Since the Lexus RX450h was completely redesigned for the 2016 model year, it has also become available in the sportier F Sport trim grade with a host of upgrades that make it handle better, feel better, and look better.
Styling changes start right up front with the F Sport grille, entirely different from the standard RX450h face. It has the double mesh design, deeply sculpted fog light recesses and a more aggressive lower valance.
Headlights on ours were the optional LED which ring in at $1615. They have an L shaped daytime running light flanked by a triple LED lamp set that form little L shaped lights. Wheels are larger 20-inch alloys with a dark metallic finish and really fill the wheel arches out well.
The RX also features LED rear tail lights that mimic the L shaped themes from the front. They book end the floating roof design well that features a glass wrap around effect. The lower fascia like the base RX450h is designed to hide the exhaust tips for a clean image instead of highlight them for performance cred.
Inside, the F Sport trim brings special leather seating with perforated material, heated and ventilated, and with generous side bolstering. Power adjustable on both sides, they are exceptionally comfortable and offer good adjustment range.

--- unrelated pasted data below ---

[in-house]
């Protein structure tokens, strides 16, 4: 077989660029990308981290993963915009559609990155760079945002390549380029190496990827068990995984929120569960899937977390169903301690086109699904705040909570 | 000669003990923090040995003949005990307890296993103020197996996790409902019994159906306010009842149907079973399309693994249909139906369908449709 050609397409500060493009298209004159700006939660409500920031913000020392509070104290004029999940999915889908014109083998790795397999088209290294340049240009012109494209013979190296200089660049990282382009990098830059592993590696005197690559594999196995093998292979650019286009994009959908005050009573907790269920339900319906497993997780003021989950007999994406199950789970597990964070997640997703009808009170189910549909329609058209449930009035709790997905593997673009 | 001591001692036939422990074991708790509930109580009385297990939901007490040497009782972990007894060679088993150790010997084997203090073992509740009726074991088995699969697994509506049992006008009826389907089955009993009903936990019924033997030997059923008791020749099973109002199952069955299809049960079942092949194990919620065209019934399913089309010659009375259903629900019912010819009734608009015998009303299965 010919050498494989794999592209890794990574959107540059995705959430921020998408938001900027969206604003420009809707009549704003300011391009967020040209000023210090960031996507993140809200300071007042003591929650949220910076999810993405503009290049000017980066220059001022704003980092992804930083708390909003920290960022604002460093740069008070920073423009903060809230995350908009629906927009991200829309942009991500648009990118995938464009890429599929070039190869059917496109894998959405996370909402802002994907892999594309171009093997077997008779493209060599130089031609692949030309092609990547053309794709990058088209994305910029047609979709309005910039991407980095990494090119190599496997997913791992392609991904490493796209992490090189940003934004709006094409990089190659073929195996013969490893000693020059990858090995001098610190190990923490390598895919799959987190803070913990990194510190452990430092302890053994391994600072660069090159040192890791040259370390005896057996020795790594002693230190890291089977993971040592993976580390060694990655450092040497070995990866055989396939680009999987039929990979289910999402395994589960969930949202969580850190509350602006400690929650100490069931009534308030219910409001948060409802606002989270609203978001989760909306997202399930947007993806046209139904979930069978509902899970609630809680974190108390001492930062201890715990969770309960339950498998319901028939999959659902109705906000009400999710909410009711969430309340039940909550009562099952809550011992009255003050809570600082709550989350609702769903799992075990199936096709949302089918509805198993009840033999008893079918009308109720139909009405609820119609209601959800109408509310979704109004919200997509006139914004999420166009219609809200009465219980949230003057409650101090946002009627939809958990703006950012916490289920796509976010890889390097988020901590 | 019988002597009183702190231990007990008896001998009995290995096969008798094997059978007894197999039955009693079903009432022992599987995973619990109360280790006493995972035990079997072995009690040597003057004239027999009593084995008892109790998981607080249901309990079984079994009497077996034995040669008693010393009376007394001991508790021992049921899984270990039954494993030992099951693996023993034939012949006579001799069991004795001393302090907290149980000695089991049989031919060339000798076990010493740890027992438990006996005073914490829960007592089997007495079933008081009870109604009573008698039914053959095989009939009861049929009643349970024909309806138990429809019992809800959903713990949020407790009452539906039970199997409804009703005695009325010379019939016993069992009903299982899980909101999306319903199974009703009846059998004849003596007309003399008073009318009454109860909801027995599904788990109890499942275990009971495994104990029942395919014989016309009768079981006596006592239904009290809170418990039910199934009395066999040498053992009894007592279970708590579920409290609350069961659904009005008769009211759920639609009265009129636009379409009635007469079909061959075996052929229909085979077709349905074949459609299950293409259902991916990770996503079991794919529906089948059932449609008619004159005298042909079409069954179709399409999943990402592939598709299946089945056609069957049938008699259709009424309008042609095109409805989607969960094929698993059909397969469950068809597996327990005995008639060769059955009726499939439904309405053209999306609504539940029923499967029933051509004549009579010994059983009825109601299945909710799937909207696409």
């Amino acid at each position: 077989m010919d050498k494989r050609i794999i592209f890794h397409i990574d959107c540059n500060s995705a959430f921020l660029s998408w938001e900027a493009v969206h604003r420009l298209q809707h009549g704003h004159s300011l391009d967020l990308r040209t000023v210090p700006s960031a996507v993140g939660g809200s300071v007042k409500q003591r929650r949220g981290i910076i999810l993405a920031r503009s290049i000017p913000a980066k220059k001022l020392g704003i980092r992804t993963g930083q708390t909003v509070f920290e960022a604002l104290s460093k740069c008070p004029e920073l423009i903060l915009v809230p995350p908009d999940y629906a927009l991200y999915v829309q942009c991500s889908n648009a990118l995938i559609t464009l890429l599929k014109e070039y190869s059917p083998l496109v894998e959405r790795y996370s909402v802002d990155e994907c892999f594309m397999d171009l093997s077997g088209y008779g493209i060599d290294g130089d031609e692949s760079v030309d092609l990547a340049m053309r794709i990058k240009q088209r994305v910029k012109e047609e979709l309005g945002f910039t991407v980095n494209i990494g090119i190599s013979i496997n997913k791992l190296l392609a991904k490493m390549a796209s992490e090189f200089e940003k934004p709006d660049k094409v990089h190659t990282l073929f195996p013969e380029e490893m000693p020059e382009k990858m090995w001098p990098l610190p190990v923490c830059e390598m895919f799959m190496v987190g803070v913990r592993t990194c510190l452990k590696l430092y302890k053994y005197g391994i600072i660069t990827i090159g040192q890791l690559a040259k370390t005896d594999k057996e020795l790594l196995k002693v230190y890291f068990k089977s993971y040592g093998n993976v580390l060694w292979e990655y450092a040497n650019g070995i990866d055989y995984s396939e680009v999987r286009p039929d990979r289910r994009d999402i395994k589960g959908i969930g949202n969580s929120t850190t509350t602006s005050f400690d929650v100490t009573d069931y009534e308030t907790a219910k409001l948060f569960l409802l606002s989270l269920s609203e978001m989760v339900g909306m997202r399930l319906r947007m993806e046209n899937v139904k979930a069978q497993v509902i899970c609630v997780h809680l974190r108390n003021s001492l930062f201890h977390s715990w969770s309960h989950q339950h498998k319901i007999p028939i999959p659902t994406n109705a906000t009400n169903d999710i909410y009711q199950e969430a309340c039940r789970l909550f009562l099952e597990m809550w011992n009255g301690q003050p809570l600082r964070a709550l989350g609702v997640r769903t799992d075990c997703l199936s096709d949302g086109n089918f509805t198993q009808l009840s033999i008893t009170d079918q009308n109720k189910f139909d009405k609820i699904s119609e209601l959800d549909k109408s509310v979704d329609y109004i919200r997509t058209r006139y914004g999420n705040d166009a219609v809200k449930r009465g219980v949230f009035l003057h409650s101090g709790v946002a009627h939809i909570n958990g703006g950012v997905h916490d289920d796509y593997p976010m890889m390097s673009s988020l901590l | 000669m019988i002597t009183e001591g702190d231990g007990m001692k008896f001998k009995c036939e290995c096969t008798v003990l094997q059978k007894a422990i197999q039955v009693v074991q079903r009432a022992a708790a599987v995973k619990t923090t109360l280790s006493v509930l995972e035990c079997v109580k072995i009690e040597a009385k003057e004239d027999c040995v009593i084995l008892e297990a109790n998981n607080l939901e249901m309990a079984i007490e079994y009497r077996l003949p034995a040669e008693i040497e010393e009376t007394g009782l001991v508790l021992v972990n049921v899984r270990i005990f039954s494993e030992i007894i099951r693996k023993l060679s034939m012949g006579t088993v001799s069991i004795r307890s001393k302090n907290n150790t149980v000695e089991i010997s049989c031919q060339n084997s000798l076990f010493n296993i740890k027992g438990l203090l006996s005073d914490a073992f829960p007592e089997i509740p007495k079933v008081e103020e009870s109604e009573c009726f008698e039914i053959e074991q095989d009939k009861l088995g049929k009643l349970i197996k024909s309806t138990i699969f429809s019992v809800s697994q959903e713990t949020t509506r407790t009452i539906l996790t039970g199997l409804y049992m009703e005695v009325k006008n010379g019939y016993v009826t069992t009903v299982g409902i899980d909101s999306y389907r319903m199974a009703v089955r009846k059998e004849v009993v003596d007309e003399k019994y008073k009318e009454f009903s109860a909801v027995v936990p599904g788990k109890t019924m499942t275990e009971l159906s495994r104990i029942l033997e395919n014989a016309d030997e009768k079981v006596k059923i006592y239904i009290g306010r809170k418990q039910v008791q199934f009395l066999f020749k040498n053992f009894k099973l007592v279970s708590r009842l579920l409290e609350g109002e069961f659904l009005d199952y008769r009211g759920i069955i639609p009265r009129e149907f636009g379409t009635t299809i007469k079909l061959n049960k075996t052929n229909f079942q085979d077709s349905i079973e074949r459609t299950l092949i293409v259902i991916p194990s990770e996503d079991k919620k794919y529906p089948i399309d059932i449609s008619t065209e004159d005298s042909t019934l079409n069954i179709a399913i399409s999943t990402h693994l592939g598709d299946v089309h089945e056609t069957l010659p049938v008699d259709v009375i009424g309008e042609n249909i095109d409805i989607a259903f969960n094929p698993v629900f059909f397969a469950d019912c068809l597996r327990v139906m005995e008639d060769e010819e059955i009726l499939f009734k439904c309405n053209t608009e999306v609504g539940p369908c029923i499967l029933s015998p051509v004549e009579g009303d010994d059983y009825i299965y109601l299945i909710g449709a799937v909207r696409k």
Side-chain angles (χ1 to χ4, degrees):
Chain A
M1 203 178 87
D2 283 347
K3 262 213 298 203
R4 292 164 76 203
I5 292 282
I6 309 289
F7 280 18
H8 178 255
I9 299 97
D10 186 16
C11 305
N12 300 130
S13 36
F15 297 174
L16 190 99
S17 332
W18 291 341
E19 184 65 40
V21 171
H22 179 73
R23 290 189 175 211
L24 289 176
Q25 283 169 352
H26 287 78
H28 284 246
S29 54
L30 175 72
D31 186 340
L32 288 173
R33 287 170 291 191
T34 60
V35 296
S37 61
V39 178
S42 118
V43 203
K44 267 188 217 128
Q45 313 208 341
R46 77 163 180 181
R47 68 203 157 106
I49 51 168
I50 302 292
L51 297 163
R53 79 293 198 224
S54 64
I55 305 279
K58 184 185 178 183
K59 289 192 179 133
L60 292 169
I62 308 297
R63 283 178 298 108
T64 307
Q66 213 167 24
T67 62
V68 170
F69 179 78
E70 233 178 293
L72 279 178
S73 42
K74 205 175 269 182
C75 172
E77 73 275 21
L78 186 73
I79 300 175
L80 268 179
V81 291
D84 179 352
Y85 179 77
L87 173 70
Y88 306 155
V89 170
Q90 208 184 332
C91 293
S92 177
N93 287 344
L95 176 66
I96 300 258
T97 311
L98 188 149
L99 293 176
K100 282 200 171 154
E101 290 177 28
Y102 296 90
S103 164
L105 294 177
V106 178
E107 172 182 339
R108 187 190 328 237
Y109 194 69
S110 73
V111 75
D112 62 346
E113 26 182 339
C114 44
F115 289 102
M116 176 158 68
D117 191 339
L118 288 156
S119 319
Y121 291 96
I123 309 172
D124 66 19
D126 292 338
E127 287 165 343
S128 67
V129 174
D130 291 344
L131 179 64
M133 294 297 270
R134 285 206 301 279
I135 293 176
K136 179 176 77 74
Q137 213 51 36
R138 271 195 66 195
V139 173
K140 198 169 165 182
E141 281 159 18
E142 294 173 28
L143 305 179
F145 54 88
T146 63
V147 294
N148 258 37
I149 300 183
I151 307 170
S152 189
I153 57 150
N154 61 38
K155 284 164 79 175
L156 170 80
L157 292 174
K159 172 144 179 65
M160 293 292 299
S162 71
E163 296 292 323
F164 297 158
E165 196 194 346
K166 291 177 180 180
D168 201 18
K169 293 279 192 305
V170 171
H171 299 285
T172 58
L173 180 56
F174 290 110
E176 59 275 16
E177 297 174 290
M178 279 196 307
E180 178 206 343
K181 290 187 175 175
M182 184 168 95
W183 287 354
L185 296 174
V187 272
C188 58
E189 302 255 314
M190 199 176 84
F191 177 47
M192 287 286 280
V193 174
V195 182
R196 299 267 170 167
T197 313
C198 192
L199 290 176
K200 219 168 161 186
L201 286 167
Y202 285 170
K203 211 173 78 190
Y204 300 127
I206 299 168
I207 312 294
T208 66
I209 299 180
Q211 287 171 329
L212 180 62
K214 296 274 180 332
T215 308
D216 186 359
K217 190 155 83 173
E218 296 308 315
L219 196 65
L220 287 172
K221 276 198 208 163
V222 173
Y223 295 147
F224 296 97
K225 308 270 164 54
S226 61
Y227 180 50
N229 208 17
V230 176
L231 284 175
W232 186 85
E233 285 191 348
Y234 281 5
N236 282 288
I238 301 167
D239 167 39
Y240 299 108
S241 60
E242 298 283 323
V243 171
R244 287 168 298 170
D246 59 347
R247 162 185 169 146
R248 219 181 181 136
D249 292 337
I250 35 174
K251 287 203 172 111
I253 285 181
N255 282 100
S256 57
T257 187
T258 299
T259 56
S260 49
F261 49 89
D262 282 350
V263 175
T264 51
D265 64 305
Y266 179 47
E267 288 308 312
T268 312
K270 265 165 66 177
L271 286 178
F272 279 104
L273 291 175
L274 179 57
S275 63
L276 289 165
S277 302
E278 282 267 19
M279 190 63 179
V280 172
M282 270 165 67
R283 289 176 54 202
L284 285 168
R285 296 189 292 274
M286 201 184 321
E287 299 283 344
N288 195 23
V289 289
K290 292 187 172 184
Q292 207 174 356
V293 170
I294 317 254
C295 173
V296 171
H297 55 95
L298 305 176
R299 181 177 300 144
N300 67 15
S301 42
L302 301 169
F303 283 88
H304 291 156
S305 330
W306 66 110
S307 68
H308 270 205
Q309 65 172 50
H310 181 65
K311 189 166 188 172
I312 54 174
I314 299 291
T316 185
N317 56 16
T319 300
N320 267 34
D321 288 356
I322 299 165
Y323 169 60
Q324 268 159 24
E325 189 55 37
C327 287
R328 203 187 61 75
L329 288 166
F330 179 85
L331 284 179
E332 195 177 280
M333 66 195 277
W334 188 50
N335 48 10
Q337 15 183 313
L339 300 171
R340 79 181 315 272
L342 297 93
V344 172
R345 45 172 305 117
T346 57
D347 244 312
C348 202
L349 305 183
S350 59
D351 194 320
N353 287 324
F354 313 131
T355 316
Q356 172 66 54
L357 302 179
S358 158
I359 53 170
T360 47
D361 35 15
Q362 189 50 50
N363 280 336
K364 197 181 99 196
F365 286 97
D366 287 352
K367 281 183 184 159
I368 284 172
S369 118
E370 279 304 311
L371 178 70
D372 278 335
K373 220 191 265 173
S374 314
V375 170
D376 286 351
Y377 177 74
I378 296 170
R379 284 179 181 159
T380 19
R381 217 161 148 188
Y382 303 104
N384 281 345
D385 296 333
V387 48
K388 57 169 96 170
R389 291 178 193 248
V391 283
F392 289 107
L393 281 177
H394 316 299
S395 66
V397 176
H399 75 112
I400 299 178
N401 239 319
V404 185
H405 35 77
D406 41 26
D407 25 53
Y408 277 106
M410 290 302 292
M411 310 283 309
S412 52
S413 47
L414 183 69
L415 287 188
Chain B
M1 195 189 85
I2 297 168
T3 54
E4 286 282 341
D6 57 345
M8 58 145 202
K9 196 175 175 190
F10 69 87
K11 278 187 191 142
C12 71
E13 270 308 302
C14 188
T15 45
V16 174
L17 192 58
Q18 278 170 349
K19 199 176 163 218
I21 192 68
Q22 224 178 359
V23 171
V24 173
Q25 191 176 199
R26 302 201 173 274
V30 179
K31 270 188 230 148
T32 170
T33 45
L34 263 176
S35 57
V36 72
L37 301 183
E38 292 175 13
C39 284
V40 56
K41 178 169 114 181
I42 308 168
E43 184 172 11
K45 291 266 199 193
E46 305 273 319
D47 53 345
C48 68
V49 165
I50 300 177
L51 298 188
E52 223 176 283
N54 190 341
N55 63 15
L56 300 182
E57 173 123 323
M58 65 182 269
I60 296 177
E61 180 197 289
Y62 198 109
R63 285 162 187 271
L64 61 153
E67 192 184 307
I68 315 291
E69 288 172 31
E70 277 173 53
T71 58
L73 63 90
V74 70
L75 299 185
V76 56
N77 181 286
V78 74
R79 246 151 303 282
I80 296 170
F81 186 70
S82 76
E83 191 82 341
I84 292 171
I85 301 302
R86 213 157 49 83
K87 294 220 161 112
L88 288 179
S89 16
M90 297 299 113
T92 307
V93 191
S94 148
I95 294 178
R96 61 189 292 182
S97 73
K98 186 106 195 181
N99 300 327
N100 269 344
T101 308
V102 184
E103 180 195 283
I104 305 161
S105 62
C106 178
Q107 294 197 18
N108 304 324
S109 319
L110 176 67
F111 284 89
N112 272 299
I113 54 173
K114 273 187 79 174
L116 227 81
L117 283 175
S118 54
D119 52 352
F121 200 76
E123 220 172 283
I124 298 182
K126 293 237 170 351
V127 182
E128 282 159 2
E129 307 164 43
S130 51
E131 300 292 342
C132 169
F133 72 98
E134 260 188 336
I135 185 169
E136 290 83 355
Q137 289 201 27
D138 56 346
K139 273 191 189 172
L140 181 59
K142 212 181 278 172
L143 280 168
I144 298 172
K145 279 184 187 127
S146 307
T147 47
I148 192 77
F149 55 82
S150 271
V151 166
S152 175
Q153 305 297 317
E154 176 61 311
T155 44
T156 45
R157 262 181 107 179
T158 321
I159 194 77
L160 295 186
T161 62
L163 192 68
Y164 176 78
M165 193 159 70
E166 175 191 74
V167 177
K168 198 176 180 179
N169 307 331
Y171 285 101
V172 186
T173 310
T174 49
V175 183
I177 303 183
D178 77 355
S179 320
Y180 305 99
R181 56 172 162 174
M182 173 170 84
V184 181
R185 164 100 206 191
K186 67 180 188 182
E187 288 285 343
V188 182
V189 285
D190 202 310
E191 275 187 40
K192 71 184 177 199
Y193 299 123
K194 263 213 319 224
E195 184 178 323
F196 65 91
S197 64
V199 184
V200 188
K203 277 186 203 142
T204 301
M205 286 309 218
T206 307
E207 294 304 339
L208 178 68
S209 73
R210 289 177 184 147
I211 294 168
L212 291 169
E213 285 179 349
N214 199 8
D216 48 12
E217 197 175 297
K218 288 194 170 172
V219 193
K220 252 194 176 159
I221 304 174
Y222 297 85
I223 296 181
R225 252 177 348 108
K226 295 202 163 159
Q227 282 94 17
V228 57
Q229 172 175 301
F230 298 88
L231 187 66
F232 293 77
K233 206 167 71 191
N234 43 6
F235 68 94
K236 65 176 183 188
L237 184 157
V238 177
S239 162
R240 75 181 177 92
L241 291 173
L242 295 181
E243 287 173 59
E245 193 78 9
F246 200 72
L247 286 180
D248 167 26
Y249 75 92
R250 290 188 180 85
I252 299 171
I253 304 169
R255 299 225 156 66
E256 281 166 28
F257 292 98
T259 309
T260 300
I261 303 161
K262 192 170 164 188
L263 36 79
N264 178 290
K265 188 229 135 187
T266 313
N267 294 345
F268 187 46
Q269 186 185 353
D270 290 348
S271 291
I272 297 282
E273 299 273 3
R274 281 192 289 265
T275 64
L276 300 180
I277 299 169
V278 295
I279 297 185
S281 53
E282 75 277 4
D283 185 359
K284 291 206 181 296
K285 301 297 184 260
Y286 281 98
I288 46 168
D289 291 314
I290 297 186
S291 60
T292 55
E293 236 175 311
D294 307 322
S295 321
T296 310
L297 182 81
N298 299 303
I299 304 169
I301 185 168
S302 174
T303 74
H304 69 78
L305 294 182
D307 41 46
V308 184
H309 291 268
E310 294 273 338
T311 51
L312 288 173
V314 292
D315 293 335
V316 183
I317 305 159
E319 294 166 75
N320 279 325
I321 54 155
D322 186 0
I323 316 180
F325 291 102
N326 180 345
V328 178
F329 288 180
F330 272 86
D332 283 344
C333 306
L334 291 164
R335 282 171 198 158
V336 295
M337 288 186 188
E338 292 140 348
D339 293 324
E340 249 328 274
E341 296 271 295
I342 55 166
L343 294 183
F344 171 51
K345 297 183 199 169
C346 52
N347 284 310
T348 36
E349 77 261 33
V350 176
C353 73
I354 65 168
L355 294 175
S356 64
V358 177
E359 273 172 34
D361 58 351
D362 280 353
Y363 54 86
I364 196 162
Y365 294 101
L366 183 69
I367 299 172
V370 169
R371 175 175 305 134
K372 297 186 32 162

An F Sport steering wheel features paddle shifters and a unique instrument cluster is more akin to the ones found in Lexus sport sedans. Trims here are patterned aluminum instead of woods, a more sporting theme.
rear seat passengers will enjoy plenty of space with an adjustable lower cushion and seat back rake. The seats fold in a 40/20/40 split and make for a near flat cargo floor that’s barely affected by the large hybrid batter pack.
Powering the RX450h is a 3.5 liter V6 mated to a hybrid continuously variable transmission with two electric motors built-in. The system can power the RX450h under electric power only pretty robustly, on gasoline power or both sources for a total 308 combined horsepower – the most powerful RX you can buy.
Power is progressive and more than adequate, but in the F Sport guise with its sporting intentions and paddle shifters the transmission behavior falls somewhat short. Using the paddles for their simulated shift points offers up a delayed slip and slide that is hardly worth your efforts.
Handling however does promise and deliver on its F Sport feel. A stiffer and more aggressive tune gives the RX450h a sharp turn in on windy roads. Even though it weighs close to 4,800 pounds, it manages to be easy to toss around.
The ride is quiet and supple most of the time but because of its large 20-inch wheels and low profile tires it can sometimes be harsh when the pavement gets less than smooth.
Priced at $61,804, the Lexus RX450h doesn’t come cheap. Priced about mid level from low to high for the model it did however come with a nice level of amenities for the money. The question becomes is the uptick for the hybrid worth the fuel economy and loss of a more traditional driving character associated with the RX350.